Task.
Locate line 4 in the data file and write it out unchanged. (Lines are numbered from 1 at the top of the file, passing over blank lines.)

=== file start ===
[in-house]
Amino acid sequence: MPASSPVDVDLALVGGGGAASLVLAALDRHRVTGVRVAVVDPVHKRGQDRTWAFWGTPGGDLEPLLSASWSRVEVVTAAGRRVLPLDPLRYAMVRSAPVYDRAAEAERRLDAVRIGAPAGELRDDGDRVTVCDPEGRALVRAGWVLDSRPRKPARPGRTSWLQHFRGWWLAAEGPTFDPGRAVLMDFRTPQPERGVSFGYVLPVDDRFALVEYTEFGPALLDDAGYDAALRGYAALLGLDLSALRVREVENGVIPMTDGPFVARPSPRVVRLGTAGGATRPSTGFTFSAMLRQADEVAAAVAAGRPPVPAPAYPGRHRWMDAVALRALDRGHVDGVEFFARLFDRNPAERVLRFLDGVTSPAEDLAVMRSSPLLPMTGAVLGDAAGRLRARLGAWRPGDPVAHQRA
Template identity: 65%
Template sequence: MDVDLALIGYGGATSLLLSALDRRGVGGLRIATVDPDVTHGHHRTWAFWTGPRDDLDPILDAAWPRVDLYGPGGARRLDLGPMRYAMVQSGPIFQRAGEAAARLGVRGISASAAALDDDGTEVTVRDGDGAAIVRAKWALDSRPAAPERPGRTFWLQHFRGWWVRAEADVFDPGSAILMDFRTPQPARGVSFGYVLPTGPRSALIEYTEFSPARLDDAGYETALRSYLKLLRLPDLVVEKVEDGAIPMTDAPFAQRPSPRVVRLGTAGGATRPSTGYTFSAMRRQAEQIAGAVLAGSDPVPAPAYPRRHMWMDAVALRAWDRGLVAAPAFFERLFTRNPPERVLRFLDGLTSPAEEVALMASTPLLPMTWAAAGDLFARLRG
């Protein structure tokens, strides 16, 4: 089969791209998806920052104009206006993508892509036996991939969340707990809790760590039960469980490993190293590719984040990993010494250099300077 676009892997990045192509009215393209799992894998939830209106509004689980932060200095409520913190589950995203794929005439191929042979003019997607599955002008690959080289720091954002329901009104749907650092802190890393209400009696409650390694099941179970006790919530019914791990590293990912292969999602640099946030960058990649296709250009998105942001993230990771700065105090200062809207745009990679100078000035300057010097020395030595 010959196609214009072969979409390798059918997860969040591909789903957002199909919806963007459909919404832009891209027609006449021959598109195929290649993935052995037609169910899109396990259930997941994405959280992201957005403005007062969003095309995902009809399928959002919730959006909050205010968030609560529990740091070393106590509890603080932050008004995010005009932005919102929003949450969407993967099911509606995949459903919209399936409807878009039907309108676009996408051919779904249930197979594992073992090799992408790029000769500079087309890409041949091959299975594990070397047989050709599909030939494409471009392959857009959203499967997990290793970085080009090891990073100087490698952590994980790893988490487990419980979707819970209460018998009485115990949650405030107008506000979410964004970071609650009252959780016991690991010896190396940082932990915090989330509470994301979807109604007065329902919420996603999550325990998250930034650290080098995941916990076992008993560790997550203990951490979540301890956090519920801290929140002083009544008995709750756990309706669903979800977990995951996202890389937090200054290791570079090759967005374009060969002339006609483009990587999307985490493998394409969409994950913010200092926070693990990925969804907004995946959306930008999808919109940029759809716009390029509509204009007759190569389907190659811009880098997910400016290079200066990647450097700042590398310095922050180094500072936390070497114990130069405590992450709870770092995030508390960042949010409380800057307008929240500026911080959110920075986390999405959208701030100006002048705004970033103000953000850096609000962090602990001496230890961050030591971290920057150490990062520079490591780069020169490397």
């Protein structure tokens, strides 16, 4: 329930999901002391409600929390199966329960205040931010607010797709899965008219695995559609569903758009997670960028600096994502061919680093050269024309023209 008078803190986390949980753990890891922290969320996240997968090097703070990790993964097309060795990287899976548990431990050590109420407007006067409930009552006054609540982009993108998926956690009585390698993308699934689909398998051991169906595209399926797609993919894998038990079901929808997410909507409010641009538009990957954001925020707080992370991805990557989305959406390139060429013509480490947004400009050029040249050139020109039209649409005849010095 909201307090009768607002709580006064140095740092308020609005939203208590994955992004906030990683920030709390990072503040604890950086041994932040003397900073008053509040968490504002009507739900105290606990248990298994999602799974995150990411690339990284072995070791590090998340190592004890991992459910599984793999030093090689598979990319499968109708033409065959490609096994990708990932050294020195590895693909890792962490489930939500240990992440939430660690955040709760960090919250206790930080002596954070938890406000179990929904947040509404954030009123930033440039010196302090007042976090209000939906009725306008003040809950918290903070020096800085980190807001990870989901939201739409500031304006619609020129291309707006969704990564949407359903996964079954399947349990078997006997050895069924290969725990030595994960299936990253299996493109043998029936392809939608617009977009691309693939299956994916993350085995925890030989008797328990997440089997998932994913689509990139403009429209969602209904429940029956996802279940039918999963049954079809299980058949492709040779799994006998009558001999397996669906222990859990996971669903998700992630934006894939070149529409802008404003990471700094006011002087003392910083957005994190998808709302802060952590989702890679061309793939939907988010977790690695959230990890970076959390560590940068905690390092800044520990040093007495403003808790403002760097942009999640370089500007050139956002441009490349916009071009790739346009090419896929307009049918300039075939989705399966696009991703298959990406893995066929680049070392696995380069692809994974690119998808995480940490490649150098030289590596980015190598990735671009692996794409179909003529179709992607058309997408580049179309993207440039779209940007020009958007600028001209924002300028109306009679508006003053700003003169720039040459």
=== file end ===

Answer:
Template sequence: MDVDLALIGYGGATSLLLSALDRRGVGGLRIATVDPDVTHGHHRTWAFWTGPRDDLDPILDAAWPRVDLYGPGGARRLDLGPMRYAMVQSGPIFQRAGEAAARLGVRGISASAAALDDDGTEVTVRDGDGAAIVRAKWALDSRPAAPERPGRTFWLQHFRGWWVRAEADVFDPGSAILMDFRTPQPARGVSFGYVLPTGPRSALIEYTEFSPARLDDAGYETALRSYLKLLRLPDLVVEKVEDGAIPMTDAPFAQRPSPRVVRLGTAGGATRPSTGYTFSAMRRQAEQIAGAVLAGSDPVPAPAYPRRHMWMDAVALRAWDRGLVAAPAFFERLFTRNPPERVLRFLDGLTSPAEEVALMASTPLLPMTWAAAGDLFARLRG